Senate rejects amended bill to close 'coordinated communications' loophole in campaign finance | Arkansas Blog

Thursday, April 2, 2015

Senate rejects amended bill to close 'coordinated communications' loophole in campaign finance

Posted By on Thu, Apr 2, 2015 at 4:21 PM

click to enlarge NOT AN INCH: Rep. Clarke Tucker tried, but the Senate refused even the smallest step towards campaign finance reform. - BRIAN CHILSON
  • BRIAN CHILSON
  • NOT AN INCH: Rep. Clarke Tucker tried, but the Senate refused even the smallest step towards campaign finance reform.

Here's another minor outrage from the last days of the session: Yesterday evening, a pared down version of Rep. Clarke Tucker's bill to close an especially egregious loophole in state campaign finance law was killed by the Senate. It passed the House last week by a narrow margin.

The vote on HB 1425 was 15-2, with 16 members not voting. All of the Democrats voted yes, except for Sen. Stephanie Flowers, who voted "present." Several Republicans also supported the bill, but not enough to win passage.

HB 1425 started out as legislation to require that electioneering communications — that is, political ads created and bought by an entity nominally independent of a particular candidate's campaign — be disclosed to the Secretary of State, just like regular campaign expenditures. This only makes sense. It's absurd that outside groups — be they on the left or the right — should be able to get away with buying ads on behalf of a candidate but avoid reporting the money. Yet the idea was quickly squashed in committee with spurious claims that requiring reporting and disclosure of such funds would lead to "intimidation" of donors. 

So, Tucker forged ahead with a compromise version that dropped the reporting and disclosure requirement but would at least close a particularly bad loophole in Arkansas law. It clarified that if an outside group buys an ad on behalf of a candidate, it at least cannot coordinate that ad with the campaign. That's the point of outside groups in the first place: They exist outside of a campaign. Allowing an outside group to coordinate with a campaign makes a mockery of finance laws.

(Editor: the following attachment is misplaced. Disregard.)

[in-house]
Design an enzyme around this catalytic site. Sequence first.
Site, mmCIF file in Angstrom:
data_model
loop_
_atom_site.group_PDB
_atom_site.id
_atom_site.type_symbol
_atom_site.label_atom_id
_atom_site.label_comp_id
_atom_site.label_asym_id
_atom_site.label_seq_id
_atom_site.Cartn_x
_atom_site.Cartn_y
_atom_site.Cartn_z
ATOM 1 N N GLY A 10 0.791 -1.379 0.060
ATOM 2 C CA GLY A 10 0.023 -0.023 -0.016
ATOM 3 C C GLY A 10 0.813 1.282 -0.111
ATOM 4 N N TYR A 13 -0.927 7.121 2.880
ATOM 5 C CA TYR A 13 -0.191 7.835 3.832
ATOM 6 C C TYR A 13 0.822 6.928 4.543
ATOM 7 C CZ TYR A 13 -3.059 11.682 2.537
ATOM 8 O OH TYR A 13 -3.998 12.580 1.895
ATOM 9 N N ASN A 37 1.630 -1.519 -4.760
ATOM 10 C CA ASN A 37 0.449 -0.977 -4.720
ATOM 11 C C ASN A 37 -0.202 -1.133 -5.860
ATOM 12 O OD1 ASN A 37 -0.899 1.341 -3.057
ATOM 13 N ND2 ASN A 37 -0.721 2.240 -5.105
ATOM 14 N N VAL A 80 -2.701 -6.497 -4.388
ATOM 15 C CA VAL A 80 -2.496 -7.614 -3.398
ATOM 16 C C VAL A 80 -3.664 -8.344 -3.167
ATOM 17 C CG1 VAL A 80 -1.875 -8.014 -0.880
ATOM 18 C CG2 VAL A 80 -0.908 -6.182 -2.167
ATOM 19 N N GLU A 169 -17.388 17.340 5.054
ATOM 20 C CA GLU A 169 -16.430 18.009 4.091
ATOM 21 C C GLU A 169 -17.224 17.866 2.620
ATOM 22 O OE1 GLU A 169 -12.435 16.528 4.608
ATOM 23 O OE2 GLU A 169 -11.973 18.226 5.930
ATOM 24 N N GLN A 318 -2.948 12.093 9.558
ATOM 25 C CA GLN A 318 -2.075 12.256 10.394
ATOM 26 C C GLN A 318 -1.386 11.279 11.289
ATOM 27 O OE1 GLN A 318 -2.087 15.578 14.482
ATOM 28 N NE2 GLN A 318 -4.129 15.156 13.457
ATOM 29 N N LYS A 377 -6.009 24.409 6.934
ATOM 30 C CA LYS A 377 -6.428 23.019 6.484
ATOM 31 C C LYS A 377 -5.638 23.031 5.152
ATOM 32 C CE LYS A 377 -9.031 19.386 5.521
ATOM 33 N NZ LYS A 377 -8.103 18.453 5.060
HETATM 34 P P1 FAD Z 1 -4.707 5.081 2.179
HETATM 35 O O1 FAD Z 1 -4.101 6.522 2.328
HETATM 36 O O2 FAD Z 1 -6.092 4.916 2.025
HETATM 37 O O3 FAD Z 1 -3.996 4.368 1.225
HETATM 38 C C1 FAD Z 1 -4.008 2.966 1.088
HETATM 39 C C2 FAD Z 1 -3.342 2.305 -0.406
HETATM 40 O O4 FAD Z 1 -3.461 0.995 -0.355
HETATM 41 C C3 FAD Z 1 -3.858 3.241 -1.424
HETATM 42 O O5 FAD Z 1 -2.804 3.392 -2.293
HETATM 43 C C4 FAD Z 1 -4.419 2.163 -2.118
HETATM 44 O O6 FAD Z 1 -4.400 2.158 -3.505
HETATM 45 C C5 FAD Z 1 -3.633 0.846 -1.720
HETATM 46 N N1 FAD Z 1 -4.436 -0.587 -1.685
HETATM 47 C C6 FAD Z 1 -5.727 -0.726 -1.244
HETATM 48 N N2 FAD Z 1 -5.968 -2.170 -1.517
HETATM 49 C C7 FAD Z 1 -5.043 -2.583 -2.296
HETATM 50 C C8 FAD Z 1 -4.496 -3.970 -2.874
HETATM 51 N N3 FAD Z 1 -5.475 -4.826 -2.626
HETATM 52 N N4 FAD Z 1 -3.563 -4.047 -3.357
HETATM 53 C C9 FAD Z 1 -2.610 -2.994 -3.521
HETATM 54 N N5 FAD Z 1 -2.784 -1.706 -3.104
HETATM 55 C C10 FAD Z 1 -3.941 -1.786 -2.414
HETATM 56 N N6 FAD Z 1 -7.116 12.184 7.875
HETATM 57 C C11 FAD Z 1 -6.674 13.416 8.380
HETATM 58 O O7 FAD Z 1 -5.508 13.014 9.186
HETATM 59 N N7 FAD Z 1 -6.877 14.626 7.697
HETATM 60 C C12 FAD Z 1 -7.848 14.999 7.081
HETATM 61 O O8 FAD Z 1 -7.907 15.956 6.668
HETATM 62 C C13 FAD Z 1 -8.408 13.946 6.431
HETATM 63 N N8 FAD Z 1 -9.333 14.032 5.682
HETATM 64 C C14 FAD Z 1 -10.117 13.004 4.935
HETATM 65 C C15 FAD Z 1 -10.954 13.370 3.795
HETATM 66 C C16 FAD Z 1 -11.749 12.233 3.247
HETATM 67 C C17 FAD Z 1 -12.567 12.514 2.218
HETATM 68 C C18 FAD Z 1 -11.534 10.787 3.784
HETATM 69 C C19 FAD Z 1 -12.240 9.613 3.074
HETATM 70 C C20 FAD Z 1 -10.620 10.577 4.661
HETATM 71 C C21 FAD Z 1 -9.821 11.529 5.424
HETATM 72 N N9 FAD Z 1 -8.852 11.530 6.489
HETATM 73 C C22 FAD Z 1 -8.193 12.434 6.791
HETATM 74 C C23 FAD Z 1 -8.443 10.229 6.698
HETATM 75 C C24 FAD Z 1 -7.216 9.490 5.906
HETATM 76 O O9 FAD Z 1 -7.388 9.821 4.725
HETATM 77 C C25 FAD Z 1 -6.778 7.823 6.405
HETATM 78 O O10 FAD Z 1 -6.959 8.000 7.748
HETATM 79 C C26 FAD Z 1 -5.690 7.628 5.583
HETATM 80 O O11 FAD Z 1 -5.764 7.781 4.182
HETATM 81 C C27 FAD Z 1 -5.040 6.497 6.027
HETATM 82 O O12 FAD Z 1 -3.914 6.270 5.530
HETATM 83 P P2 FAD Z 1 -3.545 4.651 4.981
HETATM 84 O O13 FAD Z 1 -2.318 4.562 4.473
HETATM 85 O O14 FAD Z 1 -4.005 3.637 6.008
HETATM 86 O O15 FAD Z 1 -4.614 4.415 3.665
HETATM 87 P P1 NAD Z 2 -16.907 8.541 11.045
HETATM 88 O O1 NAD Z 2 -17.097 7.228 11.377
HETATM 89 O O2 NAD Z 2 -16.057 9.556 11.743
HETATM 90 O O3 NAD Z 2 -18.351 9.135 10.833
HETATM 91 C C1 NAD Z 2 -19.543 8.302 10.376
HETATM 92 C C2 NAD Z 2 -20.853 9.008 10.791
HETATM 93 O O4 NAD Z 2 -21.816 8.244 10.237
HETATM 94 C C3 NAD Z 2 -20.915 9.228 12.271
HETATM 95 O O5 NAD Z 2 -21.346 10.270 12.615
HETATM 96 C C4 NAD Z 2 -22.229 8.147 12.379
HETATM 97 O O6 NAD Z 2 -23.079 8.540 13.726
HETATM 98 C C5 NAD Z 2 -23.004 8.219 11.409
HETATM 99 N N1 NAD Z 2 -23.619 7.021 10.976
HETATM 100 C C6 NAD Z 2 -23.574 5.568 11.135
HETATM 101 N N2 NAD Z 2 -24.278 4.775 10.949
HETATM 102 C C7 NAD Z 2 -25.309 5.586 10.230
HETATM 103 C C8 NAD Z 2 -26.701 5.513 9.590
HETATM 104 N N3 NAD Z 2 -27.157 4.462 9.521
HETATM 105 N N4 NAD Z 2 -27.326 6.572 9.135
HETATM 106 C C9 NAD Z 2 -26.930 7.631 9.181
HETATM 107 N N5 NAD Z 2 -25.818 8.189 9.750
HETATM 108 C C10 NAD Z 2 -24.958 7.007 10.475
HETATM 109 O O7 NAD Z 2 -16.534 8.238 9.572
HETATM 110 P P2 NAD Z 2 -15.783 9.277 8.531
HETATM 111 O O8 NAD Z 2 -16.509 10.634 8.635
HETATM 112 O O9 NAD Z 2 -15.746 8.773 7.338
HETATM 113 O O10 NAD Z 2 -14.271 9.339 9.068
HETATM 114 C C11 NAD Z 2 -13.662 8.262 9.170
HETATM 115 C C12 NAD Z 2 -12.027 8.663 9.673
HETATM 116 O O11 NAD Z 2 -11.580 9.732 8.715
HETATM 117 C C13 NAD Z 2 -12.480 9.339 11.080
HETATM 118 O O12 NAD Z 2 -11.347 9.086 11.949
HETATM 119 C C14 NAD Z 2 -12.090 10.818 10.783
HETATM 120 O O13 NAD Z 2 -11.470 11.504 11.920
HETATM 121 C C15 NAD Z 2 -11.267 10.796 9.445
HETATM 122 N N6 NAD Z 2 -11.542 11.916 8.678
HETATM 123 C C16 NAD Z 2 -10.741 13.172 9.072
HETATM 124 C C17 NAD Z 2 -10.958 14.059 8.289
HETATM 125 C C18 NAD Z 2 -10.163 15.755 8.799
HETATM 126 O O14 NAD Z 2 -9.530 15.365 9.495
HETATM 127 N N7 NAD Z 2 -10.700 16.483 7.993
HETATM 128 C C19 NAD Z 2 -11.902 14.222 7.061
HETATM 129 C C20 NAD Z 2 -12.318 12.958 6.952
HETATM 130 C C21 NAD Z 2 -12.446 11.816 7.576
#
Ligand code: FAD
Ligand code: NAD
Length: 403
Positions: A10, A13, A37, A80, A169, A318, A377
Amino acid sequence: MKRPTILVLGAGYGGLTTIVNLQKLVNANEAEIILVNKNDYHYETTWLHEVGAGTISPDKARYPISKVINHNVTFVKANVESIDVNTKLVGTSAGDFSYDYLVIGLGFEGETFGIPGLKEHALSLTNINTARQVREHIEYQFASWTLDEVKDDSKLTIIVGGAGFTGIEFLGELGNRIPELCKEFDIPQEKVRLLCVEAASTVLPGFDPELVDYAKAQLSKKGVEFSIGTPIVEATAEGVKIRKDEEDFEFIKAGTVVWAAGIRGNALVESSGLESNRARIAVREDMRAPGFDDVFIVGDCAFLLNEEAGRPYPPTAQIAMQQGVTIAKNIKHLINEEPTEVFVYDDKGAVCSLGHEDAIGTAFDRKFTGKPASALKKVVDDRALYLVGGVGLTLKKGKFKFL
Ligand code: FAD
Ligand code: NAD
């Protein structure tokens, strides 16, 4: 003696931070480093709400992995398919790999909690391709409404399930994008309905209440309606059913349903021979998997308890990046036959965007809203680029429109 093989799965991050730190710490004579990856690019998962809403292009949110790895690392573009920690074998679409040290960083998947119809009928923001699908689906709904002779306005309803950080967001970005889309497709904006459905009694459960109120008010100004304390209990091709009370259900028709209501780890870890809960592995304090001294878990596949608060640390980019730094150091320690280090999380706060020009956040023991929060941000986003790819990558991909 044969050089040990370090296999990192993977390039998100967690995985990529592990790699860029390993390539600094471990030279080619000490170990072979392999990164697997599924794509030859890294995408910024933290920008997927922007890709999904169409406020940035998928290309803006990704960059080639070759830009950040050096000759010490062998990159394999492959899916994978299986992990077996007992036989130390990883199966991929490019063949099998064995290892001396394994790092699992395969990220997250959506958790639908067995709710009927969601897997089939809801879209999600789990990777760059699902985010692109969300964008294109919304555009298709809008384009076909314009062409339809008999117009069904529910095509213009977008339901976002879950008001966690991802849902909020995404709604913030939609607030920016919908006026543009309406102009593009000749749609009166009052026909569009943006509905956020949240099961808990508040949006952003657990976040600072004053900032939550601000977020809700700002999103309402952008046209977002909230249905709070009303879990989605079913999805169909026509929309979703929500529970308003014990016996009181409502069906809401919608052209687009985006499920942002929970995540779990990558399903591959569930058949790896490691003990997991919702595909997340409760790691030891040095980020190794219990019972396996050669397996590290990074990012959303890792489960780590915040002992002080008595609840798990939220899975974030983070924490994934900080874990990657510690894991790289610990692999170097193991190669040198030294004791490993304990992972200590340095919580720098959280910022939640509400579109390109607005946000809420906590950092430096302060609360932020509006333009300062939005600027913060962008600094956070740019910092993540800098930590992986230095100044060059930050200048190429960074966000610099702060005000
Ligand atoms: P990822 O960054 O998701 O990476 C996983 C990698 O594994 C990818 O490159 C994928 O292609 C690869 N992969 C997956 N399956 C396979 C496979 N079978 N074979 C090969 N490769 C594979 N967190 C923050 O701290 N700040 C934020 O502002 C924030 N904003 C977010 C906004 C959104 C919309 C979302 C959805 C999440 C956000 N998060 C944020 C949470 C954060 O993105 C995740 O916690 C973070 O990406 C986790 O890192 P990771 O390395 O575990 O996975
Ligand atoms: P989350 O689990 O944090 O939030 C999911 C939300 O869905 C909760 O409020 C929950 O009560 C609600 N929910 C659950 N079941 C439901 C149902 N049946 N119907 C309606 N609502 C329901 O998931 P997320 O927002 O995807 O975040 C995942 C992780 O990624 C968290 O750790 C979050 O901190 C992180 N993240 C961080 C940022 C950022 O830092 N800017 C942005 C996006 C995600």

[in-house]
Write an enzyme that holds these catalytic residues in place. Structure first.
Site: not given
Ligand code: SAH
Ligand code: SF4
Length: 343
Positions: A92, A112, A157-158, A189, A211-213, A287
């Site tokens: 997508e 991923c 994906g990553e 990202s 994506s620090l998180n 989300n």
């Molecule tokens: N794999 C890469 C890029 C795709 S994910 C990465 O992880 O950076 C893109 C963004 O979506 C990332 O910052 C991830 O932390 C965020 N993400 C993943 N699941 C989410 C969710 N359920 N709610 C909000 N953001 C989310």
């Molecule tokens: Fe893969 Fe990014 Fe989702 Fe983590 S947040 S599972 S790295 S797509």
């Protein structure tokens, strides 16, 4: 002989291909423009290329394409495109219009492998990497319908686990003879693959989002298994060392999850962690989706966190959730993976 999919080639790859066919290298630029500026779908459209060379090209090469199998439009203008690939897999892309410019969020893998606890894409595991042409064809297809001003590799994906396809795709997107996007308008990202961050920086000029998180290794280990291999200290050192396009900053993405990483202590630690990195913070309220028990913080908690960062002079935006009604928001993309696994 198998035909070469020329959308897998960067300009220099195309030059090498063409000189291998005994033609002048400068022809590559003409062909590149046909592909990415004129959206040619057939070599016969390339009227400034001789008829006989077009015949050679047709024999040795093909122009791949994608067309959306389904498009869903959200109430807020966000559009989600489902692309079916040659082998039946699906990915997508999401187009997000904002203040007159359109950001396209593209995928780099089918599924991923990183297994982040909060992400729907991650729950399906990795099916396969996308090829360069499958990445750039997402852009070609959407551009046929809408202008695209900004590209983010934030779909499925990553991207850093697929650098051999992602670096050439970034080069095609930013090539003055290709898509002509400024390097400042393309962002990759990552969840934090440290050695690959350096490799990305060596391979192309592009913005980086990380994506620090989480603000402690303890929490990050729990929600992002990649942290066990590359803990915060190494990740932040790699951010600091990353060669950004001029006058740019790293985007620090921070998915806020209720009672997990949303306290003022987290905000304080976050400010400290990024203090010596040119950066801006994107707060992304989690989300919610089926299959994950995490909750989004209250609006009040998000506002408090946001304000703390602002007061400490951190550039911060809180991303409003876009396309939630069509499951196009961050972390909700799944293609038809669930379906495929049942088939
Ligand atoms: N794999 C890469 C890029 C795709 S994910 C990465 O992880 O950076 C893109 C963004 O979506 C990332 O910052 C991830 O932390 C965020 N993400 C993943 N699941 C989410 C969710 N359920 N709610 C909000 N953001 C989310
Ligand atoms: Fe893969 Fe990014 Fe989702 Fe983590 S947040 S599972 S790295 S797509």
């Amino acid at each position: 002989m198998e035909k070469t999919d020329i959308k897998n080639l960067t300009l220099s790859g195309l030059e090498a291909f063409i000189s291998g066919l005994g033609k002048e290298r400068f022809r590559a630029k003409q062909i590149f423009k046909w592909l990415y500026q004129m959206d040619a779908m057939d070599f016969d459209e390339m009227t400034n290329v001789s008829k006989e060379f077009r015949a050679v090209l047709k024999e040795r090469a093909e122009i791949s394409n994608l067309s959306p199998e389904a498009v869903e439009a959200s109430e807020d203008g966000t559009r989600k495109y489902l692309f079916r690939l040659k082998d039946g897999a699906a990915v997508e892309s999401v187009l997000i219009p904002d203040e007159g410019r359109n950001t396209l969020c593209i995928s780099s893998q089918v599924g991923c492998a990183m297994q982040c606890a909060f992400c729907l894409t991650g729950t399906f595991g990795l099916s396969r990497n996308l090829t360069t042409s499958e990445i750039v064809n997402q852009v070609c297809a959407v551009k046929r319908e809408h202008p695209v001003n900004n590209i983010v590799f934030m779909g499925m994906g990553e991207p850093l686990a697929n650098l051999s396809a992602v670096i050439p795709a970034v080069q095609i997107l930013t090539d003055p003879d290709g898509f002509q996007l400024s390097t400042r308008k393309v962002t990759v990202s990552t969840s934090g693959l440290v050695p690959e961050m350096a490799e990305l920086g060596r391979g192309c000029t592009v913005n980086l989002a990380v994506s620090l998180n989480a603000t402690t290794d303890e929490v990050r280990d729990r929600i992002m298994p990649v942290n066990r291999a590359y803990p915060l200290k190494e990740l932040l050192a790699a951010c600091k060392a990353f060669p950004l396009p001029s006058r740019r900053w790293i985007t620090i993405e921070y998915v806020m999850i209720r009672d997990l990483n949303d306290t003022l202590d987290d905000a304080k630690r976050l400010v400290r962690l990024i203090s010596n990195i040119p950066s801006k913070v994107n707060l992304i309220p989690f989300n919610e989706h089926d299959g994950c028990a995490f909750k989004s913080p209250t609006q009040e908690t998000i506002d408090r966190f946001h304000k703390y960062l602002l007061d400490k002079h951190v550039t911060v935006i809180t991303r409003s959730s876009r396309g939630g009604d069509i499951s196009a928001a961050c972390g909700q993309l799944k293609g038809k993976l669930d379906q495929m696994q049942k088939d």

Most people weren't aware of this loophole until the "saltshaker ad" by Attorney General Leslie Rutledge in last fall's election. Rutledge got away with actually appearing herself in a $300,000 TV commercial purchased by a group called the Republican Attorneys General Association, or RAGA. She argued that the ad was somehow not a political ad for her campaign. The Arkansas Ethics Commission agreed, despite the grotesque contortion of common sense required.

Tucker's bill would have prohibited such a practice by stating that a "coordinated communication" must be treated as a contribution. But as it stands, the spending loophole is wide open for 2016.

Tags: , , , ,

From the ArkTimes store

Favorite

Comments (4)

Showing 1-4 of 4

Add a comment

 
Subscribe to this thread:
Showing 1-4 of 4

Add a comment

More by Benjamin Hardy

Readers also liked…

  • Charter school accountability: Non-existent in Arkansas

    A state audit finds charter school spending violated state law, but the state Education Department says it has no responsibility for ensuring proper management of charter schools. Say what?
    • Mar 5, 2016
  • A response to police arrests becomes a tutorial on race, class and policing in Little Rock

    John Walker, the 79-year-old civil rights lawyer, and his associate, Omavi Shukur, 29, a young lawyer devoted to criminal justice reform, talked to press this afternoon about their arrests Monday by Little Rock police for supposedly obstructing governmental operations in observing and attempting to film a routine police traffic stop. It was a tutorial on sharp views of race, class and governance in Little Rock.
    • Sep 29, 2016
  • Policy group urges opposition to new charter seats in Little Rock

    The Arkansas Public Policy Panel is urging supporters of the Little Rock School District to tell state Board of Education members they oppose applications to be heard this week to dramatically expand the number of charter school seats in the Little Rock School District.
    • Mar 9, 2016

Most Shared

Most Viewed

Most Recent Comments

Blogroll

 

© 2017 Arkansas Times | 201 East Markham, Suite 200, Little Rock, AR 72201
Powered by Foundation